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Home loans made clear

Tralee (Canberra’s own Lucas Heights) starts selling.

By farq 17 February 2014 67

image from The Canberra Times

Affordable Tralee a boon for buyers Canberra Times puff piece: http://www.canberratimes.com.au/act-news/affordable-tralee-a-boon-for-buyers-20140216-32u7u.html

It’s interesting that the article does not mention the airport noise issue at all. If history is any guide, the residents will start complaining by the time their first rate bill arrives.

When the flight path gets moved over Canberra, everyone should remember the Villains Village Building Company’s contribution to our fair city.

What’s Your opinion?


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67 Responses to
Tralee (Canberra’s own Lucas Heights) starts selling.
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Diggety 5:42 pm 24 Feb 14

Deref said :

switch said :

Diggety said :

I don’t understand the Lucas Heights comparison.

I think it is alluding to the fact that the nuclear research reactor at Lucas Heights, built back in the fifties, well and truly predated anyone buying land there now. Sydney was a lot further away in those days.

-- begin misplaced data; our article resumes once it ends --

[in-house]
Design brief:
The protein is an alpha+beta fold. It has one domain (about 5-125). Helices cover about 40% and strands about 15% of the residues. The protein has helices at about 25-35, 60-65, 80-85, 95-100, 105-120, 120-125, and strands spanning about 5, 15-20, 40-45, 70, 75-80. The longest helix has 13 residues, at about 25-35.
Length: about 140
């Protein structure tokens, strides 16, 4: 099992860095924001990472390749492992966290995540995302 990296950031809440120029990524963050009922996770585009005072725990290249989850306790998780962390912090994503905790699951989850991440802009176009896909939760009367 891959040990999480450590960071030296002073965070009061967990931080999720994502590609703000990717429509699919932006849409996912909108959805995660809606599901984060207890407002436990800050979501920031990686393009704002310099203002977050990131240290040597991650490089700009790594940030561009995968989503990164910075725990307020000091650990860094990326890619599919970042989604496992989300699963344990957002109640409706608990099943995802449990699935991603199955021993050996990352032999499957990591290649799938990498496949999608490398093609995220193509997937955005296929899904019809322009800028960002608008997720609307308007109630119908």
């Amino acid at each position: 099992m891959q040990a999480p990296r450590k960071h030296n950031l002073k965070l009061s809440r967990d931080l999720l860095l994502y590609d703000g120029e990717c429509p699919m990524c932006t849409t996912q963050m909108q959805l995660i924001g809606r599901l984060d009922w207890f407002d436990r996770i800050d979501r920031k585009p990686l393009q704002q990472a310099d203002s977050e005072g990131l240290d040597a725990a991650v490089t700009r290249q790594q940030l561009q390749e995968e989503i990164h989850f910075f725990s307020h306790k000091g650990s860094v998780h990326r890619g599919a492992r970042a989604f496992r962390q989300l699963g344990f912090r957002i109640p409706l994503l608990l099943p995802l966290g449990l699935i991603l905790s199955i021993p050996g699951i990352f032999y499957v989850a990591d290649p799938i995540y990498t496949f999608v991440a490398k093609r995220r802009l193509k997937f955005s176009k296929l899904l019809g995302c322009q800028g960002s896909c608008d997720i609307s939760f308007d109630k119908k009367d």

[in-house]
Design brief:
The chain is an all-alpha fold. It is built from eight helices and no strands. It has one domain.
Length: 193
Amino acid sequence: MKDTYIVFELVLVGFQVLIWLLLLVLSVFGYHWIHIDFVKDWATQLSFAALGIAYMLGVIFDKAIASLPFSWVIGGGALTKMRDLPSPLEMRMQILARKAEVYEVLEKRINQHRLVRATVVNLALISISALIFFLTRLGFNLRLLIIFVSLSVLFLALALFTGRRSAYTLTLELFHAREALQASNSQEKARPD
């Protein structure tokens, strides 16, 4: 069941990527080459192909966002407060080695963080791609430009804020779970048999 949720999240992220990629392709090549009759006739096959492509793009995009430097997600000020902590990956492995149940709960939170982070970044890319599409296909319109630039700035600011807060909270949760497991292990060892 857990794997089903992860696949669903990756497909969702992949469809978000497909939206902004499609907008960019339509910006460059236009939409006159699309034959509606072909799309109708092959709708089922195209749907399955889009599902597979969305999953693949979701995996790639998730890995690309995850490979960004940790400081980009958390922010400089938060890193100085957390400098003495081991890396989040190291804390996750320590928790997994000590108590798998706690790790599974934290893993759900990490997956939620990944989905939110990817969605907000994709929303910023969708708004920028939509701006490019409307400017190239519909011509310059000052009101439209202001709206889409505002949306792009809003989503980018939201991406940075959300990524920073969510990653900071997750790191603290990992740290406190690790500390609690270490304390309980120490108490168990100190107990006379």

Yes, and to the fact that the people who bought land near the reactor immediately started complaining about it.

The worst kind of NIMBY…

neanderthalsis 4:13 pm 24 Feb 14

To quote from the great Strayne film, the Castle: “He say plane fly overhead, drop value. I don’t care. In Beirut, plane fly over, drop bomb. I like these planes.”

watto23 10:39 am 24 Feb 14

I’ve seen enough episodes of Air Crash Investigation to know living under a flight path is a bad idea 🙂
I’m looking forward to the upcoming episode on QF32.

RadioVK 1:25 pm 23 Feb 14

IrishPete said :

JC said :

Sorry not this time.

A curfew isn’t a total ban on something, it is a time when there are restrictions on certain movements. That description fits Sydney perfectly and indeed it is enacted by law, a law called the Sydney Curfew Act 1995.

http://www.comlaw.gov.au/Details/C2006C00603/Download

To show the difference between a curfew and a noise abatement procedure, one just needs to look at Canberra Airport. Noise abatement is a policy and matching set of procedures that requires aircraft to fly certain predefined routes, not be below certain heights at given points and where possible arrive between certain times on certain runways.

Noise abatement is not a law where one can get fined, unlike the Sydney airport curfew, it is simple a policy and procedure that they intend to follow when they can.

So no apology from me this time, but in the past when proven wrong I have apologised or have self placed myself in the naughty corner and kept quiet, rather than making a tool of myself.

So a curfew is what the Commonwealth Government says it is? Fair enough. Perhaps it should be Curfew and the rest of us can continue to use curfew. (I can’t resist mentioning 1984 and NewSpeak.)